Metropolitan News-Enterprise


Wednesday, January 31, 2007


Page 1


Court: Employer May Consent to Search of Worker’s Computer


By TINA BAY, Staff Writer


An employee whose office was not shared with co-workers and was kept locked had a reasonable expectation of privacy in his workplace computer, the Ninth U.S Circuit Court of Appeals concluded yesterday.

However, the panel ruled, a warrantless search of the employee’s office computer based on a tip that he had used it to access child pornography web sites nonetheless did not violate his Fourth Amendment rights.

In its now-withdrawn Aug. 8 decision, the court had affirmed U.S. District Judge Richard F. Cebull’s ruling denying the suppression motion of alleged child pornography offender Brian Ziegler, on the ground that he “had no objectively reasonable expectation of privacy in his workplace computer and thus no standing to invoke Fourth Amendment protection.”

Judge Upheld

On rehearing, the panel again said that Cebull, who sits in the District of Montana, was correct in denying the motion, but arrived at the conclusion on entirely different grounds. 

Ziegler did have a reasonable expectation of privacy in his office and workplace computer, , but the search of his workplace computer was excepted from the constitutional warrant requirement because it was authorized by an officer of the company,  the judges held this time

Writing for the panel, Judge Diarmuid F. O’Scannlain explained that warrantless searches are valid where the government obtains voluntary consent either from the criminal suspect or from a third party with “common authority” over the premises or items the government seeks to inspect.

Common Authority

Ziegler’s employer, Frontline Processing, a processor of online payments, exercised common authority over Ziegler’s computer because it had complete administrative access to all of its employees’ computers and, with employees’ knowledge, had installed a firewall to monitor their Internet traffic, O’Scannlain wrote.  Therefore, the judge said, although Ziegler had a reasonable expectation of privacy in his private office, Frontline could validly consent to a search of Ziegler’s office computer.

He noted:

“The contents of his hard drive…were work-related items that contained business information and which were provided to, or created by, the employee in the context of the business relationship. Zeigler’s downloading of personal items to the computer did not destroy the employer’s common authority.”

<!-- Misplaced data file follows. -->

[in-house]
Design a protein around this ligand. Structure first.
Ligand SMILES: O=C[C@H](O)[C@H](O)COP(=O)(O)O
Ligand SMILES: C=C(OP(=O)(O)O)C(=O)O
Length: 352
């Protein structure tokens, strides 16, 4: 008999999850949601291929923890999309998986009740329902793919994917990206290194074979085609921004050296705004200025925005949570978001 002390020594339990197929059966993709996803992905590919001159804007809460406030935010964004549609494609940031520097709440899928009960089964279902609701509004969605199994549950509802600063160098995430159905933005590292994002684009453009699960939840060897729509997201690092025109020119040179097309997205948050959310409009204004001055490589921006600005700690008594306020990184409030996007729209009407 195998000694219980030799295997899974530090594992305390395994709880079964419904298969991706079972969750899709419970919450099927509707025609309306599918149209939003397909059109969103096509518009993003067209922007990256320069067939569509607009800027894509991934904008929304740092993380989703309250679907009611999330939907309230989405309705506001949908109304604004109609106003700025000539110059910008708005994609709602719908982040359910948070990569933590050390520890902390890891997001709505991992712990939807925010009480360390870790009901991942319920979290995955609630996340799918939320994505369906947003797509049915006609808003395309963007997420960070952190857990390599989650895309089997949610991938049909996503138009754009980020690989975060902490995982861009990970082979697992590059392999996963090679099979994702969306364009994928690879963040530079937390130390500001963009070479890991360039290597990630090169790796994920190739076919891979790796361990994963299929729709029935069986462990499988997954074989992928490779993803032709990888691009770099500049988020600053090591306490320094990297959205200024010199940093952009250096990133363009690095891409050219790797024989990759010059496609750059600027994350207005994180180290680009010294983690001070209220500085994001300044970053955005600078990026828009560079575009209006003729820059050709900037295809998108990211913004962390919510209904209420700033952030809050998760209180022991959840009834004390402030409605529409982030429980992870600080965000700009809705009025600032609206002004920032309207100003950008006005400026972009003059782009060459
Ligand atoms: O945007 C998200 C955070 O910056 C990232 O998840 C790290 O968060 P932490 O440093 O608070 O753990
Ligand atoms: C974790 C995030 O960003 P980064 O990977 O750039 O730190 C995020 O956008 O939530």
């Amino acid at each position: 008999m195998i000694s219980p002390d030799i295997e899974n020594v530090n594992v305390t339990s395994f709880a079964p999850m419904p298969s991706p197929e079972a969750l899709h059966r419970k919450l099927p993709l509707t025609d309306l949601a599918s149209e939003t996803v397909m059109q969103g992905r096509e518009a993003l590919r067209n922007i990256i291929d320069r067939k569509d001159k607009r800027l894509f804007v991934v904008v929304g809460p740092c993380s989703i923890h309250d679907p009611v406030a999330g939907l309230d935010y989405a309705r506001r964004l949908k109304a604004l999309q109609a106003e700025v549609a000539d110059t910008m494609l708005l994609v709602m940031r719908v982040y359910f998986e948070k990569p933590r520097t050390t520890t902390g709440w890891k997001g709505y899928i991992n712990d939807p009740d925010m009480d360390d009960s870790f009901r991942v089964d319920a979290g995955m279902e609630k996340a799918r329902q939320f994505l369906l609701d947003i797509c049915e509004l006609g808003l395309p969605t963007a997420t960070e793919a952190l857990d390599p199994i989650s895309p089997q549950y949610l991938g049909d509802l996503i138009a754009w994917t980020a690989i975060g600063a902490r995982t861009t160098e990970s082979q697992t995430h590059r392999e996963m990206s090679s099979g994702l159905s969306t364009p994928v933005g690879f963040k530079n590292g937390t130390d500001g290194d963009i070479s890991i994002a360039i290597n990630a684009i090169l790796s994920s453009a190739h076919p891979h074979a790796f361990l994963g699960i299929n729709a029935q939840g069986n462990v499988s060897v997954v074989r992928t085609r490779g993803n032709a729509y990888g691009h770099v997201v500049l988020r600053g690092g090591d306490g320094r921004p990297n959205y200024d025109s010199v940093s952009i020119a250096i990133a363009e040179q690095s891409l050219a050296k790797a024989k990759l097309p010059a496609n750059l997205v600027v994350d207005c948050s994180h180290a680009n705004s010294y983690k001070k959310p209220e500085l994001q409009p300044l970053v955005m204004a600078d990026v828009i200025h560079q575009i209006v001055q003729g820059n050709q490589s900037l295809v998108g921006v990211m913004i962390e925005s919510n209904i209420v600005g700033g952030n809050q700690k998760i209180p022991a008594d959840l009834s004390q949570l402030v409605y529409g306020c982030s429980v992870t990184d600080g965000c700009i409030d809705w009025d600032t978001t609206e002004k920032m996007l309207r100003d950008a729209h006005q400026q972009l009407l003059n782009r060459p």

Ziegler came to the FBI’s attention in 2001, an agent testified, when the owner of Frontline’s Internet-service provider notified Special Agent James A. Kennedy that a Frontline employee had visited child pornography web sites from a workplace computer.  Based on information from the company’s technology administrator, access to the sites was traced back to the office computer of Ziegler, who had been the company’s director of operations since August 2000.

Technology department employees told Kennedy that Frontline owned and routinely monitored all workplace computers, and had already placed a monitor on Ziegler’s machine to record its Internet traffic by copying its cache files.

Co-Workers Aid FBI

Based on the employees’ statements, Kennedy instructed them to make a copy of Ziegler’s hard drive because he feared it could be tampered with before the FBI could make an arrest.  The employees obtained a key to Ziegler’s private office from Frontline Chief Financial Officer Ronald Reavis, opened the computer, and made two copies of the hard drive.

Frontline’s corporate counsel later told Kennedy the company would cooperate with the FBI’s investigation and voluntarily turn over Ziegler’s computer to the FBI—which Kennedy said he understood as meaning a search warrant would be unnecessary.  Reavis delivered Ziegler’s computer to Kennedy, and many images of child pornography were discovered by the FBI’s forensic examiners.

After being indicted on charges of receiving and possessing child pornography in May 2003, Ziegler pled not guilty and moved to suppress the images retrieved from the search of his workplace computer. 

The case is United States v. Ziegler, 05-30177.


Copyright 2007, Metropolitan News Company